Chapter four is titled, "Slices of the Billionaire's Life." This chapter is basically a hodge-podge of advice and organizations Trump is involved in. He speaks on topics such as the Statue of Liberty, Columbia University's land problems, beauty pageants, the value of audacity, the Mar-a-Lago beach club, and most importantly to Trump, hosting Saturday Night Live. The Saturday Night Live portion of the book is interesting as he takes you through what a host must endure during rehearsal, being asked to do the show, and the endless punishment the actors on Saturday Night Live delivered to Trump. This is one of the lighter and more entertaining sections of the book. Following this, Trump dedicates about thirty to forty pages to describing a week in his life. He tells the reader how he gets up early, stays at work for twelve hours, takes conference calls and attends meetings all day, and goes home to do more business and see his wife.
The final chapter is all about a former season of The Apprentice. Trump is very excited and praises his show repeatedly, and takes the reader through the logistics of his reality show. He even gives a brief background of all the upcoming contestants and why they qualified for his show and how they have all succeeded on their own outside of the show. Donald Trump will take you through a week in his life during filming of the apprentice and how even a billionaire with overwhelming confidence can really become nervous before filming.
While reading this book the reader will realize that Donald Trump's number one fan is Donald Trump. He has all the confidence in the world and it shows easily in his writing. Not only does he praise his business decisions, but he praises his Mar-a-Lago club repeatedly. He has a large amount of power and capability as a billionaire, and it is easy to see in this book that he truly enjoys the power. Personally, I would not recommend this book. The advice Trump provides is not unique, and when given in only two or three pages at a time, you do not get a true sense of how to take advantage of his advice. He only skims the surface of all of his topics, where all of the topics could really use at least a chapter to explain. If you are looking for a glimpse into a powerful billionaire's life, then this book is for you. If you are looking for business advice and how to be a more successful person, you would be better off reading something else.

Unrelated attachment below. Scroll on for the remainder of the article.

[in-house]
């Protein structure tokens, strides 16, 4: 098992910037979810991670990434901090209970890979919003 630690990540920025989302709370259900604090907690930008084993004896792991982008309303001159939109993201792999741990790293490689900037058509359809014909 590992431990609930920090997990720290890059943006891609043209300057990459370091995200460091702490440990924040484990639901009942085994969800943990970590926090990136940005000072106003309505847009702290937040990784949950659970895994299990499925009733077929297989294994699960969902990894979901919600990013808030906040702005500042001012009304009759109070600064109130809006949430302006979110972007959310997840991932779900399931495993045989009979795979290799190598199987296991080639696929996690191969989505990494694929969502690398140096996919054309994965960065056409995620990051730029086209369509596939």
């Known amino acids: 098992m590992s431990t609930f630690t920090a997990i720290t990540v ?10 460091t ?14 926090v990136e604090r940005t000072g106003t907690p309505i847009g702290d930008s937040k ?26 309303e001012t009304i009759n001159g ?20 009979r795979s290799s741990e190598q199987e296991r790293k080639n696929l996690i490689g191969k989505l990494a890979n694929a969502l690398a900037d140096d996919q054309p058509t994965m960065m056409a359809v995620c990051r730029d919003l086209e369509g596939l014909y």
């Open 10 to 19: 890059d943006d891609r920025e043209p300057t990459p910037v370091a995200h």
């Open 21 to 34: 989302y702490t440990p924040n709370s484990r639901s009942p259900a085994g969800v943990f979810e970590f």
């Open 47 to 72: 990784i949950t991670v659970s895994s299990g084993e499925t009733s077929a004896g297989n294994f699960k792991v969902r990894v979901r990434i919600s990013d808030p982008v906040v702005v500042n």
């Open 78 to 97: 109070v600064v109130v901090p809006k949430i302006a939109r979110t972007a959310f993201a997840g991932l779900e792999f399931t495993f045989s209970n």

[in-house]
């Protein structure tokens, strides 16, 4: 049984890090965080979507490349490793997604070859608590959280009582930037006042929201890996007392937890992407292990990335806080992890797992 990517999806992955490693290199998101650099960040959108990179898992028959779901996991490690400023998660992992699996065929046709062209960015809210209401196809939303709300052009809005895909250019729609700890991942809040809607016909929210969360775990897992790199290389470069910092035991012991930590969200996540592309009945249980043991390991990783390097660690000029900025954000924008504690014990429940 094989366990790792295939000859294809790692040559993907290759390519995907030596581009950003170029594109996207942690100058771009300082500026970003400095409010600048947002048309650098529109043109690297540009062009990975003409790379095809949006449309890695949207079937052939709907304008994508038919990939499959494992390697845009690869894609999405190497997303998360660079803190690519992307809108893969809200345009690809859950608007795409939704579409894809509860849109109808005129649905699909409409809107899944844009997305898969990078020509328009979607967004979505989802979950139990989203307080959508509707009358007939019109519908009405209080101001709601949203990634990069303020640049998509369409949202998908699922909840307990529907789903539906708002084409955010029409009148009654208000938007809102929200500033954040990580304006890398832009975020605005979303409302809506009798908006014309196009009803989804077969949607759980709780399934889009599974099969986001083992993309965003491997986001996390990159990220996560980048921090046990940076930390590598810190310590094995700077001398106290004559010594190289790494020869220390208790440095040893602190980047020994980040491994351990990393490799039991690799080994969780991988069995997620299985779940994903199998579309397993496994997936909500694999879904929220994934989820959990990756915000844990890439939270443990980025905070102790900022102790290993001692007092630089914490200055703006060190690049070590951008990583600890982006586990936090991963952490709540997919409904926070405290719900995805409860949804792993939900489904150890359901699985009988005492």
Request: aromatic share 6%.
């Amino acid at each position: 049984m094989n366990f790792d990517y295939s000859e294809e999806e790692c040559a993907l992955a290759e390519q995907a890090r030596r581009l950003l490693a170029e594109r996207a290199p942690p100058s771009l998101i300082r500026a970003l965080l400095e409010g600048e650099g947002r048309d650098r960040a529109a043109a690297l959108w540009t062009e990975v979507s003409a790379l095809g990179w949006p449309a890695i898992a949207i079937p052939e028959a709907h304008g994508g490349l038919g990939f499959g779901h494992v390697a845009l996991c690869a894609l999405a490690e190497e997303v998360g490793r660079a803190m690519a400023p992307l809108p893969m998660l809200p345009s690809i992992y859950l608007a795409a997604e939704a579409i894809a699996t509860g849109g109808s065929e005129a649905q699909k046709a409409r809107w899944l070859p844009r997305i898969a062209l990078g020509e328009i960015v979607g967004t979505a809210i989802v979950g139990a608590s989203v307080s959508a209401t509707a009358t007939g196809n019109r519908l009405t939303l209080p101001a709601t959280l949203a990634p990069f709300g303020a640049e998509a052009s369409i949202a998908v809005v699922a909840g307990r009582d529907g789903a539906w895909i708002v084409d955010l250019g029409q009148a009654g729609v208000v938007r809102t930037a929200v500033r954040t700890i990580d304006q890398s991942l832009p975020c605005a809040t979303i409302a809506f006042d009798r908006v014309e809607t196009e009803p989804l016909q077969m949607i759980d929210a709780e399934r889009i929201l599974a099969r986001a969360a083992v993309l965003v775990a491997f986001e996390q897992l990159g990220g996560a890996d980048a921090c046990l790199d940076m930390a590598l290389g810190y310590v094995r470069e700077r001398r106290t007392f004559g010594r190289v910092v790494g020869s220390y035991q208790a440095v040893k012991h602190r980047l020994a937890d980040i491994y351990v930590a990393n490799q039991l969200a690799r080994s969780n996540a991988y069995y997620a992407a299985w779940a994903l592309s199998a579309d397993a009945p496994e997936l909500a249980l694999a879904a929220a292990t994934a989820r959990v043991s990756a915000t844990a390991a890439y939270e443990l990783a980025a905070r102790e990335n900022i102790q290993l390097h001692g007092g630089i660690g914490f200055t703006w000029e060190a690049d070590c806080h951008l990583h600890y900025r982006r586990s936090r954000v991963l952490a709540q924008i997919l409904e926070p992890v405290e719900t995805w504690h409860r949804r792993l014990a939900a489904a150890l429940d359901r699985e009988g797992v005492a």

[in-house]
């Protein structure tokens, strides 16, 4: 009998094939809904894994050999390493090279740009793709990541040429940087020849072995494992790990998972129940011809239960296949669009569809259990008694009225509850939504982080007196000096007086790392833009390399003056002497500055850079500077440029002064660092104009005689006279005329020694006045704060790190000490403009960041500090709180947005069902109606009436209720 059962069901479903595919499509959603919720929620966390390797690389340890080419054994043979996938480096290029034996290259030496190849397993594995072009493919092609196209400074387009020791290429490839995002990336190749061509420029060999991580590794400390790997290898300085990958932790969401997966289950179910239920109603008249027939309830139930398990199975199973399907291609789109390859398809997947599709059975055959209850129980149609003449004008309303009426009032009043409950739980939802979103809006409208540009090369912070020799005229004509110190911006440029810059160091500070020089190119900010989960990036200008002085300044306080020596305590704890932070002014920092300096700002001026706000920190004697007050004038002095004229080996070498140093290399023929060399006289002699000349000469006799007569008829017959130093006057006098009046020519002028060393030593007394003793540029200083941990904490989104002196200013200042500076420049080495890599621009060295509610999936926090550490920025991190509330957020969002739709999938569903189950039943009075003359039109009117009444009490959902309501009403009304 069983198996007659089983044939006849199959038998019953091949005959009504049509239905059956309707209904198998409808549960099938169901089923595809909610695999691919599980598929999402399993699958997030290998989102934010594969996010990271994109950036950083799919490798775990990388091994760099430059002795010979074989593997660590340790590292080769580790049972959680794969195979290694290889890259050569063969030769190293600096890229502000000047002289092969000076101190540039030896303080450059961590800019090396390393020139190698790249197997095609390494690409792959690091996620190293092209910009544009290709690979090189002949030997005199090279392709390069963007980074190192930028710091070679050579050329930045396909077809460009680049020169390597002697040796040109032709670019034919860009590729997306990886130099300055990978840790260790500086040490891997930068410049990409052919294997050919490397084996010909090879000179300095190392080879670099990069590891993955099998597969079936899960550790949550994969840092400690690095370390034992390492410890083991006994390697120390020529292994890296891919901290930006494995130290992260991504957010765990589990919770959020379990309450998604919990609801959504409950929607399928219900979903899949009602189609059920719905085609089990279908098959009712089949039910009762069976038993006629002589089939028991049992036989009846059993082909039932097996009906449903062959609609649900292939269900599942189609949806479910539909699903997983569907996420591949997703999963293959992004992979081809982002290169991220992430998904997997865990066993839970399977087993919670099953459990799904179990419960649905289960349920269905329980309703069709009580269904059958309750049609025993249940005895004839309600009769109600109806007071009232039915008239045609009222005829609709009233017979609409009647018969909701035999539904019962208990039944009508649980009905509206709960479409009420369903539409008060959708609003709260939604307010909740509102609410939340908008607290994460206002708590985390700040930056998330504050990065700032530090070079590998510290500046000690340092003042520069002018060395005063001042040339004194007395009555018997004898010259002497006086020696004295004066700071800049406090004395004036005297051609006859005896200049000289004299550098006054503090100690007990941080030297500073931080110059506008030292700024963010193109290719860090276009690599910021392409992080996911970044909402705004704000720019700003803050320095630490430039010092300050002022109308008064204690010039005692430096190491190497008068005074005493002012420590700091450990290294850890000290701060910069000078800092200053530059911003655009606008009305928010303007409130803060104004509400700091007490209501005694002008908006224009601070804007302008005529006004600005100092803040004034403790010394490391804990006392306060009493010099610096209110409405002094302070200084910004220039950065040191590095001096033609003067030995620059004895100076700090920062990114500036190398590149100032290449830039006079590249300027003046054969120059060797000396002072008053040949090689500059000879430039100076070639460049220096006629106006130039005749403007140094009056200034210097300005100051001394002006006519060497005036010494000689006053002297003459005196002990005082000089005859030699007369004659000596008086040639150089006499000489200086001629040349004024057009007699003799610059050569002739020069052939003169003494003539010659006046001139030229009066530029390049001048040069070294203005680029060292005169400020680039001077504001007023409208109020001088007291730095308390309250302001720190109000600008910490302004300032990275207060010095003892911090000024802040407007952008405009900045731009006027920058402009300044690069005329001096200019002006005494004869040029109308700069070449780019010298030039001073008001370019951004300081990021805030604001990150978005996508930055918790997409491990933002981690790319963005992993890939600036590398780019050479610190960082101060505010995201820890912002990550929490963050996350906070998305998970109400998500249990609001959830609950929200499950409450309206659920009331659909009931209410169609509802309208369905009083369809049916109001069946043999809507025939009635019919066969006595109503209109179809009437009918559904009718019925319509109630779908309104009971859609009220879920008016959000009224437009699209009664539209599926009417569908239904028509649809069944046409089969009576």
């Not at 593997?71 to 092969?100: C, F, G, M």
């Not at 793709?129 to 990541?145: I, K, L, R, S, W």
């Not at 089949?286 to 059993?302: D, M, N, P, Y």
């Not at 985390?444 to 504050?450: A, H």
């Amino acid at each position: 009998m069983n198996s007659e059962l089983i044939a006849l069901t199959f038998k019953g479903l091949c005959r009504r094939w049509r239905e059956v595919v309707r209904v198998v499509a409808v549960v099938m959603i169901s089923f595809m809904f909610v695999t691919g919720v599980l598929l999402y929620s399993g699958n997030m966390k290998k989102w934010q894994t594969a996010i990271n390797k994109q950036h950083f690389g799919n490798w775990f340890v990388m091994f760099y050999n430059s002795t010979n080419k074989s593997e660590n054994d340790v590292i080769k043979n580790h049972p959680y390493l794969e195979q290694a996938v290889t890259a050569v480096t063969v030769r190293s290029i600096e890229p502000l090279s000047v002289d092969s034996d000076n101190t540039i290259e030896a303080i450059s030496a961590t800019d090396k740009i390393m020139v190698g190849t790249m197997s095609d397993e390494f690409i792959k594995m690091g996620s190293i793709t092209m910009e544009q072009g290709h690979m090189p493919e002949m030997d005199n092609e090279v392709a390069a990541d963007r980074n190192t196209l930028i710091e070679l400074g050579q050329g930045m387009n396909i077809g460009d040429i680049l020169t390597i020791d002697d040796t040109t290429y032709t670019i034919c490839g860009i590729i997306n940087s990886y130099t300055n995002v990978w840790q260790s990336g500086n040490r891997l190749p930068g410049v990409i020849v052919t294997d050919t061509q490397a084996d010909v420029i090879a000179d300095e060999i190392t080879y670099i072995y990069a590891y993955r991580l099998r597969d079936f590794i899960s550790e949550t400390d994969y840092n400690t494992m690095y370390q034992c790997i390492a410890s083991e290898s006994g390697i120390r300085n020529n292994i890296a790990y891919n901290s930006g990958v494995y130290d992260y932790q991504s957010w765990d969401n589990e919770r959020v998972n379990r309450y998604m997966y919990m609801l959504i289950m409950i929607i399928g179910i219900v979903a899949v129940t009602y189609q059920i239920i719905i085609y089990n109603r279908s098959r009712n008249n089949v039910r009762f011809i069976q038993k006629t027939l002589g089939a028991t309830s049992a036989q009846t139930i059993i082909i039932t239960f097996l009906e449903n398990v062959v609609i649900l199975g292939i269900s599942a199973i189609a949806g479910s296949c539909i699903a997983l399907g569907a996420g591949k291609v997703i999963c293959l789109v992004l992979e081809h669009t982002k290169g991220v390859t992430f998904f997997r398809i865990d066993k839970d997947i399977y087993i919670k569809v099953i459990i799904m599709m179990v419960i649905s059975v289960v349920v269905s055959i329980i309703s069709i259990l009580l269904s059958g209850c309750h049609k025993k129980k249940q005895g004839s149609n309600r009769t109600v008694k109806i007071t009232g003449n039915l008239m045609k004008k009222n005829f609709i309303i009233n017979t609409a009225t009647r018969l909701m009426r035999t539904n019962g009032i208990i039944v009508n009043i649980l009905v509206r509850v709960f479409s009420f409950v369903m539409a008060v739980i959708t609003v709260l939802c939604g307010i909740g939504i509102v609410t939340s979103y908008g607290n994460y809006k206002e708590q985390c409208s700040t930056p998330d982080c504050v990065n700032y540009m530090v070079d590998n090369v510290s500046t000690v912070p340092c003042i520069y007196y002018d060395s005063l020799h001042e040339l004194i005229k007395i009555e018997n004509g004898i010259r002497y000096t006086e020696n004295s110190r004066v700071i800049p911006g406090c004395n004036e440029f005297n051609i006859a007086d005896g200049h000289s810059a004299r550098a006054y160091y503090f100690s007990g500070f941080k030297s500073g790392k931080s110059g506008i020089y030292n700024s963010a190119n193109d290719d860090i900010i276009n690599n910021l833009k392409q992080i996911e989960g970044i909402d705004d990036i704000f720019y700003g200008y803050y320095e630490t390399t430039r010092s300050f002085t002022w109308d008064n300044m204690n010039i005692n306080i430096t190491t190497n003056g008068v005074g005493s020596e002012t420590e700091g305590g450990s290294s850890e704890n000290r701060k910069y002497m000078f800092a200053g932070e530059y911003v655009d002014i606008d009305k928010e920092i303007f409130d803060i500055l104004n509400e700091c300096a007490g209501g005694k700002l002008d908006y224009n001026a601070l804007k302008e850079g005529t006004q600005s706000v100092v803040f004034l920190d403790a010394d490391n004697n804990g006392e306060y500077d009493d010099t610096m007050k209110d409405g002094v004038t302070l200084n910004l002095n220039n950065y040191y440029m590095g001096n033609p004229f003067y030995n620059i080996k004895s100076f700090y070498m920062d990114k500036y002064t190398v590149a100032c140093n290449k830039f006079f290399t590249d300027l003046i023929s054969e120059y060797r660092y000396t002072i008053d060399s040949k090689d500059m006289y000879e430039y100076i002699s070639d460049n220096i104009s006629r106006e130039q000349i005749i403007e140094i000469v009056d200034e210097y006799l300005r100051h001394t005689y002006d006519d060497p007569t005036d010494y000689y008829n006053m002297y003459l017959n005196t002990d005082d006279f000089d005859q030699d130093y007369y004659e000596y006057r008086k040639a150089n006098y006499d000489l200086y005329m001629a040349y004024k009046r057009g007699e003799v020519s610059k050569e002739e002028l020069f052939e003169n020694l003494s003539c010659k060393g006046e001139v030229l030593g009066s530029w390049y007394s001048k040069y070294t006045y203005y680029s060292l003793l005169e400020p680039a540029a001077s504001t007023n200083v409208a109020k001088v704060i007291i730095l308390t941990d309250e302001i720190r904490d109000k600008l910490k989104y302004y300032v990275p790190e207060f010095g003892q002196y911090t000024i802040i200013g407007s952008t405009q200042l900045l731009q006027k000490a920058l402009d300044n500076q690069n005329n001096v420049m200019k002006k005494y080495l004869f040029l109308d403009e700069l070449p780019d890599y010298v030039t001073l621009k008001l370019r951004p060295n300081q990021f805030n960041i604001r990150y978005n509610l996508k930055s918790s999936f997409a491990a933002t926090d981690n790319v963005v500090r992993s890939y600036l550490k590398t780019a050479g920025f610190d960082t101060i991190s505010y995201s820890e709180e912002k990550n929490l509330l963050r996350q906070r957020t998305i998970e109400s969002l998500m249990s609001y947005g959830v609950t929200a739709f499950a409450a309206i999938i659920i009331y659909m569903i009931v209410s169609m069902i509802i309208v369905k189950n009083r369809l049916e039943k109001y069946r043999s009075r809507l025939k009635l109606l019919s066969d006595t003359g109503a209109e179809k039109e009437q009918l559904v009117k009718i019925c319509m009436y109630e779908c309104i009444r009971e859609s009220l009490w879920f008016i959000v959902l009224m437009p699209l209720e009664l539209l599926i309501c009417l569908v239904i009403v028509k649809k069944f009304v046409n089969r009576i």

In a September 2006 Trump University article, Richard Parker writes about "The Ten Critical Commandments for Entrepreneurial Success" ( http://donaldtrump.trumpuniversity.com/default.asp?item=194560 ), but doesn't elaborate much on where he's coming from. He makes some important points, and several of the items need to be explained and expanded upon, so we'll address those rather than rehashing the entire list.
In Commandment # 1, Richard says "Pay for the past, consider the present, but buy for the future."
What he's talking about is not paying for the future performance of the business. No one, not even Trump, can 100% accurate predict that. Paying a reasonable and fair price for the performance of the business in prior years is your goal – and in fact, the only thing that makes good sense unless there is some hidden gold that you've already detected (see # 7). That aside, what's going on today could change in a moment. You sure don't want to pay for what the current owner thinks might happen in the future. Presumably, you are better at strategic planning and execution, management and marketing BUT that is YOU. You aren't paying for you, you're paying for the assets. One note about that: the customer list, while generally ignored as worthless by most banks, is the real gold.
In Commandment # 2, Richard says "Buy a good business that you can make great."
In other words, buy potential, that so-called diamond in the rough. Buy something that your skills and the skills of your team can make substantially better. You dont want to spend 100% of your time in survival mode, because that's all you'll ever do. It's worth it to spend a more to get a business that you can spend time expanding and fine tuning, rather than just trying to keep it alive.
In Commandment # 4, Richard says "Fall in love with the profit, not the product."
Richard takes a lot of heat for this in the comments area on that page, but I believe thats because some didnt fully understand what he meant. Of course, he might have intentionally been vague to provoke some reactions from those who just didnt get his point. Hard to say. What he really is trying to get across is that your desire to buy a business has to be based on the numbers. You just cant allow yourself to be blinded into buying a bad business because of your love for the products and services it offers. You must be objective and matter-of-fact about your choices. You can ALWAYS use your love for that favorite product or service from that unprofitable business in some other way.